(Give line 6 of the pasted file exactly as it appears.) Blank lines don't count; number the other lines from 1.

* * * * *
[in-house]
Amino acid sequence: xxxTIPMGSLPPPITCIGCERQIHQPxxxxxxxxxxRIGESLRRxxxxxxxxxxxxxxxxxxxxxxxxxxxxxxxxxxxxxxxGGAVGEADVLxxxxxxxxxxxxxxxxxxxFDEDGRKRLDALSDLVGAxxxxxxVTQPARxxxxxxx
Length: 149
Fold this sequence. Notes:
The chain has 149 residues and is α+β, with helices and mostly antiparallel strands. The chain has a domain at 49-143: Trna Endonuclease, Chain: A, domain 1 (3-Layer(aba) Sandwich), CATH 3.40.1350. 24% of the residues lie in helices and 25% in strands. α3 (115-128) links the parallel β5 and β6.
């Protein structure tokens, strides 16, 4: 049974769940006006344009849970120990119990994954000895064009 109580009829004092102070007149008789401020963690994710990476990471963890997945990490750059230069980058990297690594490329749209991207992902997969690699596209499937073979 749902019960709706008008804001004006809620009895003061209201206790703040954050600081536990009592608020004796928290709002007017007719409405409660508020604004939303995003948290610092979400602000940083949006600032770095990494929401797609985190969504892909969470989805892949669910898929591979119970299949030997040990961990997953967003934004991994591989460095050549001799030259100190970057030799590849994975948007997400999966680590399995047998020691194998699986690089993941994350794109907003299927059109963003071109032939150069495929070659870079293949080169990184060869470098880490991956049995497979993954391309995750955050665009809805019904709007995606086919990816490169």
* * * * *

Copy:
């Protein structure tokens, strides 16, 4: 049974769940006006344009849970120990119990994954000895064009 109580009829004092102070007149008789401020963690994710990476990471963890997945990490750059230069980058990297690594490329749209991207992902997969690699596209499937073979 749902019960709706008008804001004006809620009895003061209201206790703040954050600081536990009592608020004796928290709002007017007719409405409660508020604004939303995003948290610092979400602000940083949006600032770095990494929401797609985190969504892909969470989805892949669910898929591979119970299949030997040990961990997953967003934004991994591989460095050549001799030259100190970057030799590849994975948007997400999966680590399995047998020691194998699986690089993941994350794109907003299927059109963003071109032939150069495929070659870079293949080169990184060869470098880490991956049995497979993954391309995750955050665009809805019904709007995606086919990816490169």